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Sea world slump and meat free news

There’s lots of good news: A USA Today headline, Wednesday May 10, tells us, “Crowds fall as SeaWorld changes format; Attendance plunges 15% amid phase-out of killer whale shows.” And last weekend’s papers were bursting with plant-based milk and “clean meat” from meat breweries.

The USA Today article, by Charisse Jones, opens with:
“As it starts to downplay killer whale shows, SeaWorld said Tuesday that it hasn’t been drawing the same massive crowds to its aquatic parks as it has in the past.”

While a good chunk of the article leans towards suggesting that attendance is falling because orca shows are being phased out, the piece ends with a strong quote from PETA’s Tracy Reiman, making clear that the performances are hardly the only issue, and that the public wants to see less rather than more of the orcas in captivity. Reiman says:

“As Ringling Bros. circus prepares to shut down this month because of its failure to evolve, SeaWorld could save itself by not fighting a losing battle against the sea change of public opinion and set a plan immediately to move these long-suffering animals to seaside sanctuaries.” 

You’ll find the full article on line at http://tinyurl.com/mszxps6

USA Today takes letters at letters@usatoday.com or via this form: http://tinyurl.com/zs4ftbu and advises, “Letters are edited for accuracy, clarity and length. Submissions of 200 words or fewer have the best chance of being published. Letters that include a name, address, day and evening phone numbers, and that are verified by USA TODAY, are considered for publication.”

It is up to us to make sure the public knows that things are not okay now at SeaWorld, just because breeding and orca performances have stopped. Please write. 

Now let me share great news from Parade Magazine, the insert slipped into hundreds of Sunday newspapers in the US and thereby distributed to tens of millions of households. An article and page of recipes titled “Dairy-Free and Delicious: Nondairy Milks Are All the Rage” opens with:

“Dairy alternatives are all the rage. In fact, 49 percent of Americans now prefer nondairy milk. That’s why we’ve created a light springy soup and creamy popsicles perfect for experimenting with new plant-based ‘milks.’ For the soup, we used milk made with pea protein, which is increasingly showing up in products like snack bars or veggie burgers as a meat-free source of protein. For these recipes, any nondairy milk will taste great (as will reduced-fat cow’s milk).”

As Stewart David, who kindly sent me the link, pointed out, 49% must be a taste-test figure. I checked actual sales figures and found out, from statista.com, that nondairy accounted for about ten percent of the US milk market in 2016. Given that when I began working in this movement it was more like 1%, that is still wonderful news! And an article like this will only help those numbers.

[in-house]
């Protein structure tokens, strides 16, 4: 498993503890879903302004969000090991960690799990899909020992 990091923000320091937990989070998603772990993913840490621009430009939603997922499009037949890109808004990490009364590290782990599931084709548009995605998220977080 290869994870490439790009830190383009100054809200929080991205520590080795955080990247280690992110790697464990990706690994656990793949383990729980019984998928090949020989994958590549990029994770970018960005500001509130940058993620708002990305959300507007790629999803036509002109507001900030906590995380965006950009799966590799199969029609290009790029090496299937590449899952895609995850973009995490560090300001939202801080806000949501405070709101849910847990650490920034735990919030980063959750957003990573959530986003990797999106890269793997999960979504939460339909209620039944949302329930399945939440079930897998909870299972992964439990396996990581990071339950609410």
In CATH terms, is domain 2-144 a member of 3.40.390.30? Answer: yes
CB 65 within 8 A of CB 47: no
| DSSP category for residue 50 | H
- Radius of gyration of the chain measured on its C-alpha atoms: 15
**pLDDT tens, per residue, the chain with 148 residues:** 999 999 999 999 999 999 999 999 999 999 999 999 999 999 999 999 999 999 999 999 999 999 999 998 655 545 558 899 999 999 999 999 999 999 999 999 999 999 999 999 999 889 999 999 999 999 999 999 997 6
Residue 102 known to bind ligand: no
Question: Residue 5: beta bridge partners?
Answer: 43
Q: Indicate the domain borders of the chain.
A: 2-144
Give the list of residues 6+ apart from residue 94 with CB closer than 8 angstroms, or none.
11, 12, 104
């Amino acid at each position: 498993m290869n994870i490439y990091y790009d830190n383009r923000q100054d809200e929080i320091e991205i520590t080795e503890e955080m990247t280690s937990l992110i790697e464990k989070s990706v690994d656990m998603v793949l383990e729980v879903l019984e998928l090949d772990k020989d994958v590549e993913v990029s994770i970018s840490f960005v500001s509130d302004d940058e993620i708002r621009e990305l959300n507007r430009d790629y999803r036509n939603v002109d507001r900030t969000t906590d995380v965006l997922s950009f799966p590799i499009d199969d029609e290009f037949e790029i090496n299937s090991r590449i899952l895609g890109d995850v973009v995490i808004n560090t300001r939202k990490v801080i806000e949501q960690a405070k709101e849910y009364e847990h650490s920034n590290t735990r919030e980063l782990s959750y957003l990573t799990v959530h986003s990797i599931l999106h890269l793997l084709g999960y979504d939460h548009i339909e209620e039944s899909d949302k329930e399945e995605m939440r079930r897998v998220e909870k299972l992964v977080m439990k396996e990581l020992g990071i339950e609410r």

You’ll find it on line at http://tinyurl.com/kesuklq

I was unable to sign in or register to comment, and as there are no comments I suspect others had a similar problem. But clicking the Facebook or Twitter link under the headline is a comment in and of itself, and it helps spread the wonderful word! And, if you like, you can add your own comment on Facebook or Twitter as to why “reduced fat cow’s milk” is not a good substitute for pea-protein milk. Please, at least, hit the button and share the article on social media. 

Meanwhile, Shelley Frost let us know that in last Sunday’s San Francisco Chronicle, “the entire Food + Home section is titled ‘Special Report- What is Meat?’.” She described it as “a 14 page section filled with alternative meat articles that closes with vegan recipes.” Here’s the introduction:
“What is meat?

Does its provenance — a living animal — define meat? Or is it simply the sum of its parts? If something is chemically identical to meat — or for that matter, wine — does that make it so?

“These questions are worth asking, because thanks to a confluence of wealth, innovation and culinary knowledge, the Bay Area is uniquely positioned to be a major player in the global alternative meat industry. The cause is well known: Animal consumption, especially on the factory farm levels, is an unsustainable proposition.

Welcome to the real future of fake meat.”  

Here’s the link to it: http://www.sfchronicle.com/meat

You’ll find articles with titles such as, “Cellular agriculture: Growing meat in a lab setting” and “Faux shrimp leads new round of plant-based proteins” and “‘Meat breweries’ that make protein instead of beer,” which I hope you will love and share widely.

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